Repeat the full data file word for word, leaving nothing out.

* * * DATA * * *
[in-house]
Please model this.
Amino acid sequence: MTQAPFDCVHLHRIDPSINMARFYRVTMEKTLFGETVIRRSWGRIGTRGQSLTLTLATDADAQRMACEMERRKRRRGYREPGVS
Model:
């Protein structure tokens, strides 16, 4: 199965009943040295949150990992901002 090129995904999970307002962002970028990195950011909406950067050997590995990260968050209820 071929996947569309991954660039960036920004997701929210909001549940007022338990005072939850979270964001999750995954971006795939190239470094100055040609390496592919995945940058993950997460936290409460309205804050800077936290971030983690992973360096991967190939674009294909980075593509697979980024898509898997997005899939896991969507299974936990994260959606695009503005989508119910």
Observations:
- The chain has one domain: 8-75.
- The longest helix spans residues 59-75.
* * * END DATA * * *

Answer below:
[in-house]
Please model this.
Amino acid sequence: MTQAPFDCVHLHRIDPSINMARFYRVTMEKTLFGETVIRRSWGRIGTRGQSLTLTLATDADAQRMACEMERRKRRRGYREPGVS
Model:
């Protein structure tokens, strides 16, 4: 199965009943040295949150990992901002 090129995904999970307002962002970028990195950011909406950067050997590995990260968050209820 071929996947569309991954660039960036920004997701929210909001549940007022338990005072939850979270964001999750995954971006795939190239470094100055040609390496592919995945940058993950997460936290409460309205804050800077936290971030983690992973360096991967190939674009294909980075593509697979980024898509898997997005899939896991969507299974936990994260959606695009503005989508119910």
Observations:
- The chain has one domain: 8-75.
- The longest helix spans residues 59-75.